Geography 970

March 8, 2010

Data “only” Maps

Filed under: Uncategorized — kjmcgrath @ 1:49 pm

I’ve been fascinated by “data – only” maps for quite a while. I think of a data only map as one in which usually only one theme is presented and besides data relating to the idea/ theme there are no other layers or data included in the map. Perhaps this is better seen than explained. All Streets – Ben Fry is just such map. Footprints by Andy Woodruff is another.

These maps and others like them pull away all the things we normally associate with a well executed map. (base layers, ancillary data, context and setting for the theme(s) in situ). These things which make map reading and interpretation easy and rewarding, when pulled away give a fresh look at some data-set and communicate information about the area. Often these maps are quite clear showing coastlines, boarders, and other features that make up the essential base layer information of a map by proxy. Reducing the data ink of the map to only include features which are data can clarify bring conclusions forward otherwise lost. Edward Tufte says graphics should be multifunctional, “mobilizing every graphical element perhaps several times over, to show the data. ” (Visual Display of Quantitative Information). These maps accomplish just that and reflect his examples of chart redesign where chart junk and redundant ink was removed to more clearly show the data.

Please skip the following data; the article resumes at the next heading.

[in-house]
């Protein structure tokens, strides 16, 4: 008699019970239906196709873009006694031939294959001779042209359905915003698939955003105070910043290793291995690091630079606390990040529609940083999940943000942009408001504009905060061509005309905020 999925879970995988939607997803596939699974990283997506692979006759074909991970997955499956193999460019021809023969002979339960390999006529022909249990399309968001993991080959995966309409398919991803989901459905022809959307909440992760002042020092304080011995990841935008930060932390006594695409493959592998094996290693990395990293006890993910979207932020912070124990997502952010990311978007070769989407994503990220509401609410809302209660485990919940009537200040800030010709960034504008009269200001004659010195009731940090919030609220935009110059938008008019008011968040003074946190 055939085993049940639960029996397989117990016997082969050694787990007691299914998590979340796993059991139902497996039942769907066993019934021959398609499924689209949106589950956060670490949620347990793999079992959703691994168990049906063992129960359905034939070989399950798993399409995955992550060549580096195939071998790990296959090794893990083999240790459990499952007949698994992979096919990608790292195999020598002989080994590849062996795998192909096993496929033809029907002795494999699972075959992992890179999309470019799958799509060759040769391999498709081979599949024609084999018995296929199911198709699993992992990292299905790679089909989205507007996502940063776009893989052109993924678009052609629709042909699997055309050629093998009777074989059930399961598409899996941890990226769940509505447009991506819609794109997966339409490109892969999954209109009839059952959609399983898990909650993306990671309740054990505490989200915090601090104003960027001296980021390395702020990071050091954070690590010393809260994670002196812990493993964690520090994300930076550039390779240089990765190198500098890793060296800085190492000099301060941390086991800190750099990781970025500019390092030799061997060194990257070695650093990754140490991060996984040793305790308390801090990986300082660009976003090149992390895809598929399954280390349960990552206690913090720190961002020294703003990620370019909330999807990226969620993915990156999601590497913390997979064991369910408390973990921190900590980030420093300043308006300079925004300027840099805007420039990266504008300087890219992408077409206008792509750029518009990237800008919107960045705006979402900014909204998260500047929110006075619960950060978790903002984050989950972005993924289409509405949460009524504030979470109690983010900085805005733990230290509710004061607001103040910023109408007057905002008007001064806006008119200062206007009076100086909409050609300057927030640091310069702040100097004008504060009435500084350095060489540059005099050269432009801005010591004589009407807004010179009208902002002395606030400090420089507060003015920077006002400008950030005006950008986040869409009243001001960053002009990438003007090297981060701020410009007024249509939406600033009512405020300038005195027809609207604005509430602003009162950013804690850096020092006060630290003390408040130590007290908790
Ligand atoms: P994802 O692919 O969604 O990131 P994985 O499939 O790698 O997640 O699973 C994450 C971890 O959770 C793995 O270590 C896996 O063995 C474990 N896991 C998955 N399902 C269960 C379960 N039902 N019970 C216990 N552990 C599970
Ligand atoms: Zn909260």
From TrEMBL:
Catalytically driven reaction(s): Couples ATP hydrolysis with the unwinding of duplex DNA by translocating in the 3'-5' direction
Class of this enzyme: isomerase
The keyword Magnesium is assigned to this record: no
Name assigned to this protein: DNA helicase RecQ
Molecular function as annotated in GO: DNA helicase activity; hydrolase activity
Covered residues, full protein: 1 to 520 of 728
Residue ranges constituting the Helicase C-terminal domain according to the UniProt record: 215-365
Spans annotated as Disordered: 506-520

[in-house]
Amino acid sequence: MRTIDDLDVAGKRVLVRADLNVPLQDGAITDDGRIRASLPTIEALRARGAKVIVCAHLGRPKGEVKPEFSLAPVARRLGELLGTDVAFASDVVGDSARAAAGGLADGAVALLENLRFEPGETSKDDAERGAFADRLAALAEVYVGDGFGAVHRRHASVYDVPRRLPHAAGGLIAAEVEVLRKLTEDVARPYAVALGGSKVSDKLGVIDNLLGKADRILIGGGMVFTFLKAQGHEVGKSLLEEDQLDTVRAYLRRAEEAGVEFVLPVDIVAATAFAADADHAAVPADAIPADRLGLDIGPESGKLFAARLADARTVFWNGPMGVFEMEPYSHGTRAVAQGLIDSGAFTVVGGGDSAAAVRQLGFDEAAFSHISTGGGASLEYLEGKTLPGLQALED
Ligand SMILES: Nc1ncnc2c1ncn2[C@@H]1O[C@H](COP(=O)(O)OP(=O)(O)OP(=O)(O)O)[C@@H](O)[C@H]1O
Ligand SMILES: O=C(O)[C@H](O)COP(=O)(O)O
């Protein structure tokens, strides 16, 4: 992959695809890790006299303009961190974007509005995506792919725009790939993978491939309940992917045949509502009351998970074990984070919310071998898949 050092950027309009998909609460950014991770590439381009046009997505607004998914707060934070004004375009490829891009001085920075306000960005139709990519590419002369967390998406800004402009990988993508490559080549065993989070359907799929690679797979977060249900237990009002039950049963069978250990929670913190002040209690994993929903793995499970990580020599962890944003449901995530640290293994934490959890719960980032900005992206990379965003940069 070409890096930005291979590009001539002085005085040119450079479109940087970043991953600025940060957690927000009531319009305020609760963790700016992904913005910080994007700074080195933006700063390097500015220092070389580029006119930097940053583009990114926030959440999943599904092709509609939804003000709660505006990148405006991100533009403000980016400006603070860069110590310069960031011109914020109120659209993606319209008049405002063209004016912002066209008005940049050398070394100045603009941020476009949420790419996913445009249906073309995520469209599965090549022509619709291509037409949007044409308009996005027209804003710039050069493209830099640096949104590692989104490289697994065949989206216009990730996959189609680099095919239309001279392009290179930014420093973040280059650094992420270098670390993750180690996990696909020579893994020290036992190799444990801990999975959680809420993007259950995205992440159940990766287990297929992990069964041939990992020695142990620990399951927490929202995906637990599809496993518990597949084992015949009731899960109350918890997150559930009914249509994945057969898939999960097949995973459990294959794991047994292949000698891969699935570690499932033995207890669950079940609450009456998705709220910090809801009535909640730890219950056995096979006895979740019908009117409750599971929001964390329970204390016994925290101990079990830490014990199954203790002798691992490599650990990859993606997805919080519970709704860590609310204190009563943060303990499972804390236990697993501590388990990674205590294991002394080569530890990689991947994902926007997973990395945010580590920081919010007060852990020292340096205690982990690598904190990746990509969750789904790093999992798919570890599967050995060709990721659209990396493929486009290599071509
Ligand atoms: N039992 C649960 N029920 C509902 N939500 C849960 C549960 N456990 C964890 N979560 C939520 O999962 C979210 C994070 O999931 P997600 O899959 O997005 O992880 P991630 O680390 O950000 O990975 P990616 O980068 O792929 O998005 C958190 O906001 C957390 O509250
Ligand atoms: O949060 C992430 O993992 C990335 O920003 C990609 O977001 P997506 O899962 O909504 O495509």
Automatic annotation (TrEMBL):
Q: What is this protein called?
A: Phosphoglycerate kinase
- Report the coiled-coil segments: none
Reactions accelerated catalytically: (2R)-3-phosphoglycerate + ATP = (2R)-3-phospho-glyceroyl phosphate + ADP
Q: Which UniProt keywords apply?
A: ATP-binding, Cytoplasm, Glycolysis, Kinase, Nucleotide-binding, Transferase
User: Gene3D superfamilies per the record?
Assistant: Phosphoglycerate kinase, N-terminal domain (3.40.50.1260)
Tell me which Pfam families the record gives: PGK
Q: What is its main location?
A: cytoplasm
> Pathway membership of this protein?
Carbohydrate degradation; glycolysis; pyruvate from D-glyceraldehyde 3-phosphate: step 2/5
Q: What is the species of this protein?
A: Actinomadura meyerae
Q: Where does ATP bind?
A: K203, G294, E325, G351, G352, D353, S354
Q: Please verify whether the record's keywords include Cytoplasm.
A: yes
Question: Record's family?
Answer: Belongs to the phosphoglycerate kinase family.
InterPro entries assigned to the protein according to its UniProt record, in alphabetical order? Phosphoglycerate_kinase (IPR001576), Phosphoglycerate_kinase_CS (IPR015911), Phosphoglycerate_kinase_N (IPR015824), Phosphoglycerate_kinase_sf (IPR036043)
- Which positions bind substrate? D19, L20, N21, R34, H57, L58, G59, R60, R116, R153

I think that this process can be taken to far, I for one don’t want to see multilayered maps go away by any means. But for myself I think these maps provide a new fresh look at the world revealing mountain ranges, rivers, social, and anthropogenic constructs in the white space rather than thr0ugh dedication of ink. Moving then to applications for data visualization and future map making I think a serious questioning and possible reduction of “needed” layers of information can be accomplished through the compression of information into other layers and letting data come from the absence of data in a location rather than adding more ink.

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